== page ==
Tumor-intrinsic oncogene pathways mediating immune avoidance

Oncoimmunology. 2015 Aug 31;5(3):e1086862. doi: 10.1080/2162402X.2015.1086862. eCollection 2016 Mar.


Immunotherapy is emerging as a major treatment for patients with cancer, predominantly via blocking immune inhibitory pathways and through adoptive T cell therapy. However, only a subset of patients shows clinical responses to these interventions. Emerging data indicates a correlation between clinical response and a pre-existing T cell-inflamed tumor microenvironment. Tumor-intrinsic β-catenin activation has been identified as mediating exclusion of T cells from the tumor microenvironment and other oncogene pathways are being explored similarly. Understanding the molecular mechanisms underlying immune avoidance should identify new therapeutic targets for expanding efficacy of immunotherapies.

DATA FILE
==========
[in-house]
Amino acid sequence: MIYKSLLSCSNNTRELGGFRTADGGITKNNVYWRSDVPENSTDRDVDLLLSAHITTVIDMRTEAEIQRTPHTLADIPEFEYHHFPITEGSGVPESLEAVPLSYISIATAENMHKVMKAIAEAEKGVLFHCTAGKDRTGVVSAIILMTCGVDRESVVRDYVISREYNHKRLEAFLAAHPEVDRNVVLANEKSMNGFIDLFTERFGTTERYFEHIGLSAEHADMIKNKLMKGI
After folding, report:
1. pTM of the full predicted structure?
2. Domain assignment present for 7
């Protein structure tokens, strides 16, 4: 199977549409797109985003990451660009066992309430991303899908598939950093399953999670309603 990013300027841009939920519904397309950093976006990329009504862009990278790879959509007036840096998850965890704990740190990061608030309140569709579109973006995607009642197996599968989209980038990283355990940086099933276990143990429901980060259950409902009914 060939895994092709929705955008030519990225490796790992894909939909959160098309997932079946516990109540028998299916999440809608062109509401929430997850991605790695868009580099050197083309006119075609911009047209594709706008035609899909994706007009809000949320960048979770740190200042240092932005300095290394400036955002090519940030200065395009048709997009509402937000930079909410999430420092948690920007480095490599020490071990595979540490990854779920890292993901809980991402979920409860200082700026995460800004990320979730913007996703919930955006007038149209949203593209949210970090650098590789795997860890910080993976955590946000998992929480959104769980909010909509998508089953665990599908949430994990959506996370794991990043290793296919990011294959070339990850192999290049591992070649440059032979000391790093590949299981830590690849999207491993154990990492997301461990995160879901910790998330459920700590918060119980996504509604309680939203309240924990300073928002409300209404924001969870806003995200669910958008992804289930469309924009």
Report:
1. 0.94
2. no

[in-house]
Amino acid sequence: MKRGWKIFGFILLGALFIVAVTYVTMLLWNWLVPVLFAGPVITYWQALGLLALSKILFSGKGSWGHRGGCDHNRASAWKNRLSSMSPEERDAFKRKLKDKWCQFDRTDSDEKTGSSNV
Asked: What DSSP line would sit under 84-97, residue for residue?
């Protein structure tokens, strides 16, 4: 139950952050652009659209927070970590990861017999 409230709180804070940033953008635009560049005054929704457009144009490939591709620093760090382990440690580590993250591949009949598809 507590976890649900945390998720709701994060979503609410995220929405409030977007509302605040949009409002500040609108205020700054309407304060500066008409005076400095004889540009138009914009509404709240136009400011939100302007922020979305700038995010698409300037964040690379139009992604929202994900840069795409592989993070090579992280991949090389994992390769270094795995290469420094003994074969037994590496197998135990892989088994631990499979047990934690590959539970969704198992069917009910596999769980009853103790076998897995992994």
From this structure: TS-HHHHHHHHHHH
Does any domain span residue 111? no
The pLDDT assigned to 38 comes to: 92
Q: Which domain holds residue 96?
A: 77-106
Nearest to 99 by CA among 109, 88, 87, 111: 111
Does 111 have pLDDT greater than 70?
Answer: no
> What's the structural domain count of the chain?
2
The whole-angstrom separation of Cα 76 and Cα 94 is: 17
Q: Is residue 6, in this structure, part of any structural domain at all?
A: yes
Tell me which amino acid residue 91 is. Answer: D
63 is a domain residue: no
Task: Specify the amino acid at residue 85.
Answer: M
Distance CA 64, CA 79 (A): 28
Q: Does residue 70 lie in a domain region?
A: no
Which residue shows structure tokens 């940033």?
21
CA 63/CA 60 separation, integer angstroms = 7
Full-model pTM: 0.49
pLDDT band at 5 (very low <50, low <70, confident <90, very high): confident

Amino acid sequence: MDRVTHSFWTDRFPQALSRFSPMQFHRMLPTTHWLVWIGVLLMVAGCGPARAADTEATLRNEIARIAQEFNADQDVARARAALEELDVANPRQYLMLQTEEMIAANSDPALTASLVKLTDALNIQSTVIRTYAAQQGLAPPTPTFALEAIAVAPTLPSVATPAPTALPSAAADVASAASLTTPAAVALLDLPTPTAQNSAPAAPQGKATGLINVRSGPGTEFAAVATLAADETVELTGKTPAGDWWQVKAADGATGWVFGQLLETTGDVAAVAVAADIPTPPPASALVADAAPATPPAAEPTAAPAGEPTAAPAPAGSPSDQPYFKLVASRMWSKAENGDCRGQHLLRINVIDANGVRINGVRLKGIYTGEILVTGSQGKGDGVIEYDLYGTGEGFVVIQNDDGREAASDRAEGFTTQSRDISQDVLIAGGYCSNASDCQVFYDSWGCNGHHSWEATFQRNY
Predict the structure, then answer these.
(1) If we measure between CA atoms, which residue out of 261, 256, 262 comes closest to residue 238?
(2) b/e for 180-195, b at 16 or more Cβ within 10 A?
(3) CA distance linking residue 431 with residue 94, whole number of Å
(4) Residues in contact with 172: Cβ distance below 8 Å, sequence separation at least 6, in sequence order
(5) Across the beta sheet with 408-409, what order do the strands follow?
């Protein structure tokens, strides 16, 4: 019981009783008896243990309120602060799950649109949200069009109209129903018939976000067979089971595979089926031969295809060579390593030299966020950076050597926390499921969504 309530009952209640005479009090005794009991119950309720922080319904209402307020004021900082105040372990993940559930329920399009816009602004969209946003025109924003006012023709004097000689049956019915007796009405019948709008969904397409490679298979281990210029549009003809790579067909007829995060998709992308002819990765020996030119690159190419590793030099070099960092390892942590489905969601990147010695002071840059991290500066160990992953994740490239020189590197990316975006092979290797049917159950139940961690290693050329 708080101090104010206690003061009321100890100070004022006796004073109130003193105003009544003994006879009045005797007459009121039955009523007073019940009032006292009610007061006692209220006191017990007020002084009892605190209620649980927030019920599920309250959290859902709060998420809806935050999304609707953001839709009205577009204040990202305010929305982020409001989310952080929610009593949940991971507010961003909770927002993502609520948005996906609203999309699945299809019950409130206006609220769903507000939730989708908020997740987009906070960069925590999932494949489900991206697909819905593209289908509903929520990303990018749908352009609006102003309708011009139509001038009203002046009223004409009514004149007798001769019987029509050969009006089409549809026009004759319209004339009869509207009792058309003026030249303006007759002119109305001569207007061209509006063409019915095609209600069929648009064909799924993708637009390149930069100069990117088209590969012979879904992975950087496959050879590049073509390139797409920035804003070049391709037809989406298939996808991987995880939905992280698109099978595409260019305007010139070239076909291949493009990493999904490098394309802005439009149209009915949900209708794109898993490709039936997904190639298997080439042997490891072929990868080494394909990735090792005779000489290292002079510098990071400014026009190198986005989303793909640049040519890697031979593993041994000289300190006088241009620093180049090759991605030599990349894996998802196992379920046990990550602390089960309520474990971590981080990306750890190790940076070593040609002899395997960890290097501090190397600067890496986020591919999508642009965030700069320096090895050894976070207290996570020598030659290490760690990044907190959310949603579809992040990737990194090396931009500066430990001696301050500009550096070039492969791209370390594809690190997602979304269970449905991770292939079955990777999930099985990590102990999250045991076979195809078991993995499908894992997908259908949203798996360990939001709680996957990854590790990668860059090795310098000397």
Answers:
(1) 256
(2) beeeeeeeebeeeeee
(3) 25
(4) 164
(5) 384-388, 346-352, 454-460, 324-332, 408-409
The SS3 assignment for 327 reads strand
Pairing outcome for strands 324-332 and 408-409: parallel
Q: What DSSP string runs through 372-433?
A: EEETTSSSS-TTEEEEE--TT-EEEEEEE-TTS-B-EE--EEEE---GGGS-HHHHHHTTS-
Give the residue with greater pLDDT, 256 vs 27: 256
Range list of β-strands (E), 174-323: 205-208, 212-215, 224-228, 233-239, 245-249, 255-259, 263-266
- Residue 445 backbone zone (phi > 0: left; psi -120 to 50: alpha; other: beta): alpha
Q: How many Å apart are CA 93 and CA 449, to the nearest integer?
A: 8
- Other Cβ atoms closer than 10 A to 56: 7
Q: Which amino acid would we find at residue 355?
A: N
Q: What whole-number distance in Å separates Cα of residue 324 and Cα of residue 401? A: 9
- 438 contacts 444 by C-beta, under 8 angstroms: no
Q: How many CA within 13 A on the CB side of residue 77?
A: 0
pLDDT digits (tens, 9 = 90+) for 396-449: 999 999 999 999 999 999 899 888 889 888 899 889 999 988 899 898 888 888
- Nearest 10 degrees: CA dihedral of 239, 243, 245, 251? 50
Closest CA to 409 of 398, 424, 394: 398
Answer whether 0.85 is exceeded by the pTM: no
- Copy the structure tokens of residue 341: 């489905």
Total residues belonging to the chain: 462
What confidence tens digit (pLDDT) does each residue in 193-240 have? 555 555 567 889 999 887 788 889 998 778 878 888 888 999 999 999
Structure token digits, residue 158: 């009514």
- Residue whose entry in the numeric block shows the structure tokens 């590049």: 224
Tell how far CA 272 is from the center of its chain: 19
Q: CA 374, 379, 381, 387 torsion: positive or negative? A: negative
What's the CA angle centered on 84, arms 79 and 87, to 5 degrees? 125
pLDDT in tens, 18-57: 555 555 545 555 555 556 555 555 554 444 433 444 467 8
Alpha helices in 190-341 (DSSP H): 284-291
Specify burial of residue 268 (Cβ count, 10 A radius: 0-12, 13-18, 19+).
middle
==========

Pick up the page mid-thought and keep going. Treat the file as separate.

Keywords: Cancer immunotherapy; T cell infiltration; T cell-inflamed tumor; checkpoint blockade; non-T cell inflamed tumor; tumor immune evasion.

Publication types

  • Review
  • Research Support, Non-U.S. Gov't